At issue was an order earlier this week from Republican Secretary of State Frank LaRose that limited ballot drop boxes to one location per county: a county’s election office. LaRose had been interpreting an Ohio law that states the only two ways to return an absentee ballot are to mail it or “personally deliver it to the director” as meaning that if a voter chooses to use a drop box, it must be at the County Board of Elections office, because that is still considered to be delivering the ballot directly to the director.
But federal Judge Dan Polster said LaRose’s order puts a burden on more populous counties — like Cuyahoga, which includes Cleveland — and which he says has “a very serious looming problem” that could jeopardize the right to vote.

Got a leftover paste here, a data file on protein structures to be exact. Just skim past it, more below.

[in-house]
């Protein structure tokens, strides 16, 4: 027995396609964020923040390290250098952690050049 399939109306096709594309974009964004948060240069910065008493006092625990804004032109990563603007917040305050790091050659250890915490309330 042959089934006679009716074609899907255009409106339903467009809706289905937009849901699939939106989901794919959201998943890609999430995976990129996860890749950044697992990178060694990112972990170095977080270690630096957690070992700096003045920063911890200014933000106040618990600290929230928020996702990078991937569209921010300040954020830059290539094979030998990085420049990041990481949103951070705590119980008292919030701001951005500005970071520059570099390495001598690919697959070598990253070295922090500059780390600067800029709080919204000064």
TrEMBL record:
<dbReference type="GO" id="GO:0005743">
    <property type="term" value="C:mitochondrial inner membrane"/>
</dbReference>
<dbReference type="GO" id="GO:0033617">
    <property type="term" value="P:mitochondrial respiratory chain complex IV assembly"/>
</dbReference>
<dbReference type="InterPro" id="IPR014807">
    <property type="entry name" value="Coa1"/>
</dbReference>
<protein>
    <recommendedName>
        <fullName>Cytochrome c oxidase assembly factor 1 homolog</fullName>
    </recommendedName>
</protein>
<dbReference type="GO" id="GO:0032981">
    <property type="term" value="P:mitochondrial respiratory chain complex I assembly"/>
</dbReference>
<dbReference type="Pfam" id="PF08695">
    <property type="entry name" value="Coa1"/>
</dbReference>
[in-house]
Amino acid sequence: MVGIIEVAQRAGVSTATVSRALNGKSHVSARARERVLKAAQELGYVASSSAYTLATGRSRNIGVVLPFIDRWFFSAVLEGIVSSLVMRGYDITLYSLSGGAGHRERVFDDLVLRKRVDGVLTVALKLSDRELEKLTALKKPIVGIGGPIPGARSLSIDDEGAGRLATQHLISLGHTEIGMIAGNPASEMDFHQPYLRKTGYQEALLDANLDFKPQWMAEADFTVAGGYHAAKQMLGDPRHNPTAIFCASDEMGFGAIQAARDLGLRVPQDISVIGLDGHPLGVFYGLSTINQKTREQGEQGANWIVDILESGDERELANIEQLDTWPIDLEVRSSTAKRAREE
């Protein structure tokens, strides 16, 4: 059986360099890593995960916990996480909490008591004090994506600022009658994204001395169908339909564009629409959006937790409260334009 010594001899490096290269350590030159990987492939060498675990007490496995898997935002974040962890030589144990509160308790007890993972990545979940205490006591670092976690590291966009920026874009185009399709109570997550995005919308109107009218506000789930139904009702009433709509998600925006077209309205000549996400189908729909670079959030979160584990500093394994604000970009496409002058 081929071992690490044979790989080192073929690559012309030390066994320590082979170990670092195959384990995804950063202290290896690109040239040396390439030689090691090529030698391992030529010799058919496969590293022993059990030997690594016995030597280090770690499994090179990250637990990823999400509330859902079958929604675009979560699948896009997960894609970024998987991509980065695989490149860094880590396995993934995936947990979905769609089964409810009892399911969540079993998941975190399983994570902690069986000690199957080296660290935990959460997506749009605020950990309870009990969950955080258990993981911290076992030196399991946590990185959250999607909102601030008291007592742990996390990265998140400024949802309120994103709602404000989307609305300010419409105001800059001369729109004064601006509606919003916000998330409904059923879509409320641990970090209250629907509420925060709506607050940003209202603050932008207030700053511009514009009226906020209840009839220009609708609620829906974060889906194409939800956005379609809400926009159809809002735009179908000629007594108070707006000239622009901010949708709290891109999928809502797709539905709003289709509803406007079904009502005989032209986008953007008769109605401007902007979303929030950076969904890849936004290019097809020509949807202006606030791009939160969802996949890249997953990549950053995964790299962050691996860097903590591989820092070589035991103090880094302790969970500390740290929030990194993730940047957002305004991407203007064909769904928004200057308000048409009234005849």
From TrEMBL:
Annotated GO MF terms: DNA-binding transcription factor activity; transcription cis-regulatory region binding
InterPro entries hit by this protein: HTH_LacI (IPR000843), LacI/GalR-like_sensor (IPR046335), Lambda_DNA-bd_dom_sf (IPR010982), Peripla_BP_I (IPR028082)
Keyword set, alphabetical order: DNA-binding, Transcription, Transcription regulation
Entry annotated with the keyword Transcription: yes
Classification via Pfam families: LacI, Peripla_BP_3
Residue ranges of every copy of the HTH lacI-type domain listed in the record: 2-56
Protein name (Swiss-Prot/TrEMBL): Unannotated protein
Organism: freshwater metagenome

“While it may be said that the 7,903 registered voters in Noble County may find a single drop box location sufficient, the record demonstrates that the 858,041 registered voters in Cuyahoga County will likely not,” Polster wrote in a scathing opinion.
Polster reserved his harshest language for LaRose, who, he says, under Ohio law has the ability to allow counties to expand the number of locations where drop boxes can be. Cuyahoga wants them at public libraries.
“The Secretary is continuing to restrict boards from implementing off-site collection, and he appears to be doing so in an arbitrary manner,” Polster wrote. “The Court has given the